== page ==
LED bulbs are an incredible invention, offering up an intensely bright source of light that is produced from the smallest of bulbs imaginable. A Light Equipped Diode, as they are known, is now the forefront item of personal lighting technology, from torches and lanterns to car lights and house lights. There are a few different graded LED bulbs and the most popular is known as the white LED bulb. This guide touches upon one of the lesser-talked-about attributes of the LED bulb - its lifespan.
First of all, rest assured that the average LED bulb will produce 60% of its power (easily enough due to its powerful shine) for 50,000 hours before giving up the ghost. This means that you will only need to replace an LED bulb, depending on the usage it receives, every 5 - 10 years on average. Obviously, this figure may drop according to the level of use and also due to the intensity of the bulb if there is a custom strength setting. Even so, many stronger LED bulbs will long outlast the applications that they inhabit - and you may take them out of your desk-lamp in fifteen years to shine on in light of the future.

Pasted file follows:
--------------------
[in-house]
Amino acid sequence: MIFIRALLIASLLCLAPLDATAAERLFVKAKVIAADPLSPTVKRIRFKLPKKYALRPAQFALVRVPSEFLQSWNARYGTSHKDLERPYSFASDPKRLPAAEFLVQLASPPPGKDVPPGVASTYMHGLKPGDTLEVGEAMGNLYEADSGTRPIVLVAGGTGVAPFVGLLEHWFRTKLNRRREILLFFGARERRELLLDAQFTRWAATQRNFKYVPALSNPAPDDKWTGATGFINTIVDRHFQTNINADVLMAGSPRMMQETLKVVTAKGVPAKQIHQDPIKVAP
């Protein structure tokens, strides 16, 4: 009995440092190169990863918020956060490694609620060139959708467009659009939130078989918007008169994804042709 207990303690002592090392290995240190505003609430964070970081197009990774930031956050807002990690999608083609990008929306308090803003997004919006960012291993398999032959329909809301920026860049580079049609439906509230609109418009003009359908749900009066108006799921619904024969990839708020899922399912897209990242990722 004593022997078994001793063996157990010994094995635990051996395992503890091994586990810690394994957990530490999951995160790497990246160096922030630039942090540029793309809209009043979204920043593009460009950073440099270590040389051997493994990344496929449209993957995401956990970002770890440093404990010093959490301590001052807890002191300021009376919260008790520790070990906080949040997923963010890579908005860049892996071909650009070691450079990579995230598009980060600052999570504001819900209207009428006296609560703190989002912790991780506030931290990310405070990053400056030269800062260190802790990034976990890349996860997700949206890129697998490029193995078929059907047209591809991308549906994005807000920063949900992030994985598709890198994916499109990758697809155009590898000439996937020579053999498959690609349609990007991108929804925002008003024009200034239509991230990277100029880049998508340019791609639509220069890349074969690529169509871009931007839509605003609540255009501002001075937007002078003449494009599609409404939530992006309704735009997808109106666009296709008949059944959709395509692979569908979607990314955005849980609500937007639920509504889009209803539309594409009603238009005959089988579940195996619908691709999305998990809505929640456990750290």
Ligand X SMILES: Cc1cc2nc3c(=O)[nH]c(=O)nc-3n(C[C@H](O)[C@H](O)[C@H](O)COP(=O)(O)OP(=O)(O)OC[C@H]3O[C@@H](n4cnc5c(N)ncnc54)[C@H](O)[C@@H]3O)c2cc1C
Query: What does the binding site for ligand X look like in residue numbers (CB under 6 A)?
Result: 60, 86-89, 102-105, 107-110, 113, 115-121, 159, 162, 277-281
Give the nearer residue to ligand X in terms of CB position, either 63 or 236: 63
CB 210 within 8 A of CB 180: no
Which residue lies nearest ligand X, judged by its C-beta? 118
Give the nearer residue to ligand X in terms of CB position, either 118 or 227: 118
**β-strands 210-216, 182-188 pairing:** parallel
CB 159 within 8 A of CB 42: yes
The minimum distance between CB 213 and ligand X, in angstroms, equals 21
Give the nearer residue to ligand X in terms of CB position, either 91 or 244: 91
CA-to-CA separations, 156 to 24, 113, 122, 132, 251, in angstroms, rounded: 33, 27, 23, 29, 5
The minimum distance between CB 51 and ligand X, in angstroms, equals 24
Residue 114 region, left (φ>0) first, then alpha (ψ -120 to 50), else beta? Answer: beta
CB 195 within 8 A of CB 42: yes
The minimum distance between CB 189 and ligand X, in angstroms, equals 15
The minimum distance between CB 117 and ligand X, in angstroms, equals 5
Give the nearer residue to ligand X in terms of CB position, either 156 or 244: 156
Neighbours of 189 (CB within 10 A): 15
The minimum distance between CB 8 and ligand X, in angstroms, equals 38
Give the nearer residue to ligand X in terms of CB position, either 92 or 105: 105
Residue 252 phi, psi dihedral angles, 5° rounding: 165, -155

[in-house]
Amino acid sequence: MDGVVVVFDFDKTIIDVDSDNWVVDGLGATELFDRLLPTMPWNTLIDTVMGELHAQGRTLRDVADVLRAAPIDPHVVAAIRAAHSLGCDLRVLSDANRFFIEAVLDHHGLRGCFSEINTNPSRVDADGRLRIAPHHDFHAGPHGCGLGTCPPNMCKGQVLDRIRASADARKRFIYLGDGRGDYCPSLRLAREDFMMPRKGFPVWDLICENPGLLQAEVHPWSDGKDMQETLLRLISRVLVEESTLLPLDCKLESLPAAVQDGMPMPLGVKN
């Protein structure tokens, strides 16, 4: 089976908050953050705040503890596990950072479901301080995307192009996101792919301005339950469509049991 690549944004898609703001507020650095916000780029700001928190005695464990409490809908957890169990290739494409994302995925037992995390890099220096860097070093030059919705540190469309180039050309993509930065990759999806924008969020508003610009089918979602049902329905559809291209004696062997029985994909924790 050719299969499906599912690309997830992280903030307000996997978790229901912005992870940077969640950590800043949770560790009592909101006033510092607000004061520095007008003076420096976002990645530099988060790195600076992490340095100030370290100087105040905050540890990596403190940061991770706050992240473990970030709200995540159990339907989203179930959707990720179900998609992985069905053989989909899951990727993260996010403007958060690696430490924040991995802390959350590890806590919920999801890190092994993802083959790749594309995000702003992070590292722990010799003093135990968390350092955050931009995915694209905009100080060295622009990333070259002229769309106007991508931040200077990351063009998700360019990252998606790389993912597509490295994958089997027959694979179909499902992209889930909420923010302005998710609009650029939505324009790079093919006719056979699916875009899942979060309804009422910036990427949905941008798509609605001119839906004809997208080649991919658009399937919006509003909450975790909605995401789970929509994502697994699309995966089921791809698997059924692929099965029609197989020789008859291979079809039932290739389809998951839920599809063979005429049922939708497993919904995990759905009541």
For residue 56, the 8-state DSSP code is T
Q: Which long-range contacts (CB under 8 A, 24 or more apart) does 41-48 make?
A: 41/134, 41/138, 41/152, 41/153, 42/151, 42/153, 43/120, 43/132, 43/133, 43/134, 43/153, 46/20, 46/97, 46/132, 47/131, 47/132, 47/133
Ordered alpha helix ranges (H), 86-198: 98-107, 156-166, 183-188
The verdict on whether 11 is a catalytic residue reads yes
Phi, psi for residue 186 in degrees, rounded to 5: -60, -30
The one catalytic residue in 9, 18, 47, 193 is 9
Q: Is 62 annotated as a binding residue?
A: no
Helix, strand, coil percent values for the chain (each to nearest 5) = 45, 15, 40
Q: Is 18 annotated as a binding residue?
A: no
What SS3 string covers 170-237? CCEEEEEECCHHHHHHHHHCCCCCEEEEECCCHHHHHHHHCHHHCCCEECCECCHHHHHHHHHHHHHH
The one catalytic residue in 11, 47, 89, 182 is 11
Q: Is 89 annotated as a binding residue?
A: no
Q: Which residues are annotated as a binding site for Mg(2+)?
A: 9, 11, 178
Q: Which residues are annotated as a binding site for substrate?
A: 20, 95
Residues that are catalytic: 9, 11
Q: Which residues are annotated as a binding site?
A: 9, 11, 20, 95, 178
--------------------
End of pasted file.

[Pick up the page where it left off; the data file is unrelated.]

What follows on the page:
The Environmental Factors
As one would expect, an LED bulb with no apparent weakness is not quite the case. They are fairly susceptible to adverse environmental conditions such as excessive exposure to moisture and excess exposure to heat. The die temperature, which refers to the heat of the dies surrounding the LED, is extremely important in pertaining to the overall lifespan of the bulb.
Another factor which lowers this lifespan is the ambient temperature that surrounds the bulb; an ambient heat and humidity that is higher than normal contribute to a significantly lowered lifespan. This is due to the thermal stresses inflicted upon the LED by temperatures that push higher than the standard testing temperature of 25 degrees Celsius. As well as affecting the overall life of the bulb, it will understandably affect the luminosity of the LEDs and the strength of their luminous output. You are highly advised not to operate your LED bulbs in temperatures that far surpass the 25-degree average although a slightly higher temperature will only bring the risk of replacing the bulb every five years as opposed to ten.
If you require an array of LED bulb fixtures in an area with a less-than-ideal ambient temperature, there is a very simple solution that will result in a long-lasting light source that will only have to be replaced every few years. Simply use more LEDs that have a higher number of surface-facing diodes - usually resulting in an LED light with a slightly flattened appearance - and rotate these around every year or so. This will allow for maximum light deposition and minimum maintenance when it comes to replacing them. Ask at your local hardware store for LED multipacks, with which you will be able to make great savings when stocking up for your new LED light project.